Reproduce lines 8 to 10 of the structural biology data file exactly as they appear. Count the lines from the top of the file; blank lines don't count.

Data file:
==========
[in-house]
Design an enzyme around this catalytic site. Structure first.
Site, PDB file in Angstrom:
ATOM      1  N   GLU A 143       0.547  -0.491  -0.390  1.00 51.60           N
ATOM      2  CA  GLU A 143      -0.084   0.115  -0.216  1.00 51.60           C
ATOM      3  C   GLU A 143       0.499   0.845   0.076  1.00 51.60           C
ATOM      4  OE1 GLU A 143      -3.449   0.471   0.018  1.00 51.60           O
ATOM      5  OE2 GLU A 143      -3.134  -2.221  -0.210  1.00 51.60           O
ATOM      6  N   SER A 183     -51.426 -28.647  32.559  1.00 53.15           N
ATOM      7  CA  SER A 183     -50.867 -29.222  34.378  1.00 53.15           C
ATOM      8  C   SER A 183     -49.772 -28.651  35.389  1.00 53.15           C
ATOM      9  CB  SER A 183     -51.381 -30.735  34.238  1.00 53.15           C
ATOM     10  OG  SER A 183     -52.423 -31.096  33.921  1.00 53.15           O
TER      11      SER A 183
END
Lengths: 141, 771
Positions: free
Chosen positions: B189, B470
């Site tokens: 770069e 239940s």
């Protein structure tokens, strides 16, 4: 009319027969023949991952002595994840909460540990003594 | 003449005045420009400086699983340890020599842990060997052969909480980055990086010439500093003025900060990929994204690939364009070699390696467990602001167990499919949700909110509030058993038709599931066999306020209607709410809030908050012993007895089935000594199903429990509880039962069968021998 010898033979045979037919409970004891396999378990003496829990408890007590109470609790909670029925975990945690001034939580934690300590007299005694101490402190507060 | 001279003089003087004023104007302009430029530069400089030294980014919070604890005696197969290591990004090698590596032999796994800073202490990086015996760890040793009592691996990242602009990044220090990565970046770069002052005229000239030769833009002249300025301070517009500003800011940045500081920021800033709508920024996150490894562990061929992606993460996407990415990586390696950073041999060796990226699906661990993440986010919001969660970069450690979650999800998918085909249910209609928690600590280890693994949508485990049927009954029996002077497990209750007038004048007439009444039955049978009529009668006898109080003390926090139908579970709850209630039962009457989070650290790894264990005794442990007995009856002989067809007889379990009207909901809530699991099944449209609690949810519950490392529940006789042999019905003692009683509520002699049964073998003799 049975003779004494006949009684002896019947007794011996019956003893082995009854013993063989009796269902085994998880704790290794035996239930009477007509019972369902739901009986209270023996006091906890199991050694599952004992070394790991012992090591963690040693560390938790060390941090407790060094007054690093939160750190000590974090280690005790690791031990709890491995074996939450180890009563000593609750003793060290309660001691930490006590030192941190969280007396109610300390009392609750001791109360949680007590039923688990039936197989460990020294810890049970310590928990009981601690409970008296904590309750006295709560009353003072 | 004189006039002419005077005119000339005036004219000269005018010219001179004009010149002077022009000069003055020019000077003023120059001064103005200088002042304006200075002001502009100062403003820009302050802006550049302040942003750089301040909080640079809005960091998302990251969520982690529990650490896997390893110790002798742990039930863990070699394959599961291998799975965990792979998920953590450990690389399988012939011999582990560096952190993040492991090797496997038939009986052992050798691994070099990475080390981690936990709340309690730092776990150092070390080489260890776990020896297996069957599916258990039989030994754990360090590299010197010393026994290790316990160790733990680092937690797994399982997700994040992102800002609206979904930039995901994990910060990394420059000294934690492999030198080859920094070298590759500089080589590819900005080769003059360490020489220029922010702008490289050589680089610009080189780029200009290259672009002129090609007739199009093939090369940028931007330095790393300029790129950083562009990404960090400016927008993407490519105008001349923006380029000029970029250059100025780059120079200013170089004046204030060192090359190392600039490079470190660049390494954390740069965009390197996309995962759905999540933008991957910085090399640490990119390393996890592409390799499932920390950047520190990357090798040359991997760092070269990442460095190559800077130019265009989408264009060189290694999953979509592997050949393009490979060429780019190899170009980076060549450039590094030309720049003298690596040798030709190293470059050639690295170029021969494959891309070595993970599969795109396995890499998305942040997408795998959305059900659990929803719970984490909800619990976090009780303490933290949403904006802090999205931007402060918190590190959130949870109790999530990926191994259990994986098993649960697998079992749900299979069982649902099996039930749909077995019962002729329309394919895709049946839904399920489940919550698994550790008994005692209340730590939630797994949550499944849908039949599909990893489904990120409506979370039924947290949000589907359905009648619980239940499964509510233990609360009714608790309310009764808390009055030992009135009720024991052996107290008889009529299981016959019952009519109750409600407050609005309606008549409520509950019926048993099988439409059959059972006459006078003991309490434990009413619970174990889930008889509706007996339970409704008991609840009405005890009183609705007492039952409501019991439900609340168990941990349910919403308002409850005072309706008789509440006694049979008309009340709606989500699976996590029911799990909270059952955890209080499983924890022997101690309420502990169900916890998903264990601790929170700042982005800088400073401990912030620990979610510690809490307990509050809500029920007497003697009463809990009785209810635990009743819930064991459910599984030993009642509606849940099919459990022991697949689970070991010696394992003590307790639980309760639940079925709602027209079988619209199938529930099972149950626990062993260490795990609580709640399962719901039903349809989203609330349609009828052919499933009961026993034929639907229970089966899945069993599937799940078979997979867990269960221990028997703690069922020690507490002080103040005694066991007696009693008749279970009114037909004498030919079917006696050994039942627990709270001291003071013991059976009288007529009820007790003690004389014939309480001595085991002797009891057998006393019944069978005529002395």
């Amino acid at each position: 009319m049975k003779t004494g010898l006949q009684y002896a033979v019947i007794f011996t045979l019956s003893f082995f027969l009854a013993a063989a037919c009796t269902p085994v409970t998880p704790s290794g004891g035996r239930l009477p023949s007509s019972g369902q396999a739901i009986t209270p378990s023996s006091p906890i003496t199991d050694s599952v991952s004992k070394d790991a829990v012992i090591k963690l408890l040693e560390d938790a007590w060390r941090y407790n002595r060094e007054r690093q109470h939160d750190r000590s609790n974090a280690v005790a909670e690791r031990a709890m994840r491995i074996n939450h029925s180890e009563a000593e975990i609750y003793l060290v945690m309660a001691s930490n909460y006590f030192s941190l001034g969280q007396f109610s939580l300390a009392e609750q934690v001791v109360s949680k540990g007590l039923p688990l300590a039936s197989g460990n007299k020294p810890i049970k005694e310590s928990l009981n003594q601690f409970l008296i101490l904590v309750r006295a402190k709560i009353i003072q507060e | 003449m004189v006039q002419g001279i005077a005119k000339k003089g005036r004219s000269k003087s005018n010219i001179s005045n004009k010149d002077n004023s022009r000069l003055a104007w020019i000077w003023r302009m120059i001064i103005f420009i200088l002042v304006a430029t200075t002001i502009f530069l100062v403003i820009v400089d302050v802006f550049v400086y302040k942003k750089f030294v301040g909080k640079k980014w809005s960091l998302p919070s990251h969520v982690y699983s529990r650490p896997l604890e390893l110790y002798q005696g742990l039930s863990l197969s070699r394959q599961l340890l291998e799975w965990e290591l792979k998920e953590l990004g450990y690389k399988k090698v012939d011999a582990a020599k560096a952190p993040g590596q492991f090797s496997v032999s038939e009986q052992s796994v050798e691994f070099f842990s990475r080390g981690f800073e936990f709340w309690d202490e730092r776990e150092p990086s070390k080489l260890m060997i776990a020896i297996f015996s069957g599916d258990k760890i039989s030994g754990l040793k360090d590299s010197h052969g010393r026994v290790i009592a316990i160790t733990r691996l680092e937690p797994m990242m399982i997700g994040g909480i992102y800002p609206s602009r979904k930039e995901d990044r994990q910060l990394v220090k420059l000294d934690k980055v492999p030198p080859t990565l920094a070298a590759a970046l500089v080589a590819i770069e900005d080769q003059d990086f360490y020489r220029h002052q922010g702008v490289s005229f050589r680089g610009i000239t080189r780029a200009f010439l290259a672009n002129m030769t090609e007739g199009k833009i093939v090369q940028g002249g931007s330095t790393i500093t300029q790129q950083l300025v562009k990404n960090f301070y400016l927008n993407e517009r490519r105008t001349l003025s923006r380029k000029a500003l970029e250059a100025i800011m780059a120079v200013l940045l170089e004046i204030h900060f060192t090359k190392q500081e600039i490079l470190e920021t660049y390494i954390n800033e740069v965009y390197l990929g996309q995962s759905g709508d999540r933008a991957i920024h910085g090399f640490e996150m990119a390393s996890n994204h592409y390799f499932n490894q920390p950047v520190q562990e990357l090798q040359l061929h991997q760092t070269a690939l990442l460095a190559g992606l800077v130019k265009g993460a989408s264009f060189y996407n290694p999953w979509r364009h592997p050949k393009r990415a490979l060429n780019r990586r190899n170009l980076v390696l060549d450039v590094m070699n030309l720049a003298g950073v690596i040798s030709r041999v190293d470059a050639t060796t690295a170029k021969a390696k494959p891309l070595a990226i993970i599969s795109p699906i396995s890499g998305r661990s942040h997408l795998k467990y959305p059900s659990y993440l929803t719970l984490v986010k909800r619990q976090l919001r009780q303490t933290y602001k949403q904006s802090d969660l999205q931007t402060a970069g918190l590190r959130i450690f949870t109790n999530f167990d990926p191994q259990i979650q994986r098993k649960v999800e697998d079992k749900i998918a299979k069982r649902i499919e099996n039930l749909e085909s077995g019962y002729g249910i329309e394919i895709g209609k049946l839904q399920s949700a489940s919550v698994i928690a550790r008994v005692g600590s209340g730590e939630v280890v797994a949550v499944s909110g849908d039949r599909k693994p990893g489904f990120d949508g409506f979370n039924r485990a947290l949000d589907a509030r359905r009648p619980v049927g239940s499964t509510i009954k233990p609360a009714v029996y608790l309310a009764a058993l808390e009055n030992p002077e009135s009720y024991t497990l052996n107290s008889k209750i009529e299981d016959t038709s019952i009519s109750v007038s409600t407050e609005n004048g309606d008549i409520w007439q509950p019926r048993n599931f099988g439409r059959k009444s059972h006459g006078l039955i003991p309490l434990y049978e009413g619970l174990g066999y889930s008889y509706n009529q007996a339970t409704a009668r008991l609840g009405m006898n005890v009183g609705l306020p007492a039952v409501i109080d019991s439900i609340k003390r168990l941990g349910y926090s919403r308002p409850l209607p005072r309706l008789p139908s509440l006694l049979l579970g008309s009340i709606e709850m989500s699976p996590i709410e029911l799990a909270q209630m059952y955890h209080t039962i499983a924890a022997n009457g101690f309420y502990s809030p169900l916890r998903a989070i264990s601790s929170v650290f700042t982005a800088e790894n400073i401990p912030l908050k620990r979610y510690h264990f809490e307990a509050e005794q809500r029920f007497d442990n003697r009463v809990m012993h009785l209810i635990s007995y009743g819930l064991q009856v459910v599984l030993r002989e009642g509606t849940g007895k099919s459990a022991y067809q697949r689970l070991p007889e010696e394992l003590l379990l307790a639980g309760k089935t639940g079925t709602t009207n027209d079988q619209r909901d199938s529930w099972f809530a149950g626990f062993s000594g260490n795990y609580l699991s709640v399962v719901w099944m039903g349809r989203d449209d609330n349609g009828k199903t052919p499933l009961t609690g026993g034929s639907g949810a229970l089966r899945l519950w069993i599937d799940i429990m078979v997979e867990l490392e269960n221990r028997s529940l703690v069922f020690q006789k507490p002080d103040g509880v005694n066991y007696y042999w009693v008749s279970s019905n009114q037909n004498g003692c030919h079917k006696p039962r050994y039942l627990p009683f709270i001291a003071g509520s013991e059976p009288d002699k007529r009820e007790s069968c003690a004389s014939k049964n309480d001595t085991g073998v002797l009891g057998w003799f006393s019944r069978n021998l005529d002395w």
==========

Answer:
ATOM      5  OE2 GLU A 143      -3.134  -2.221  -0.210  1.00 51.60           O
ATOM      6  N   SER A 183     -51.426 -28.647  32.559  1.00 53.15           N
ATOM      7  CA  SER A 183     -50.867 -29.222  34.378  1.00 53.15           C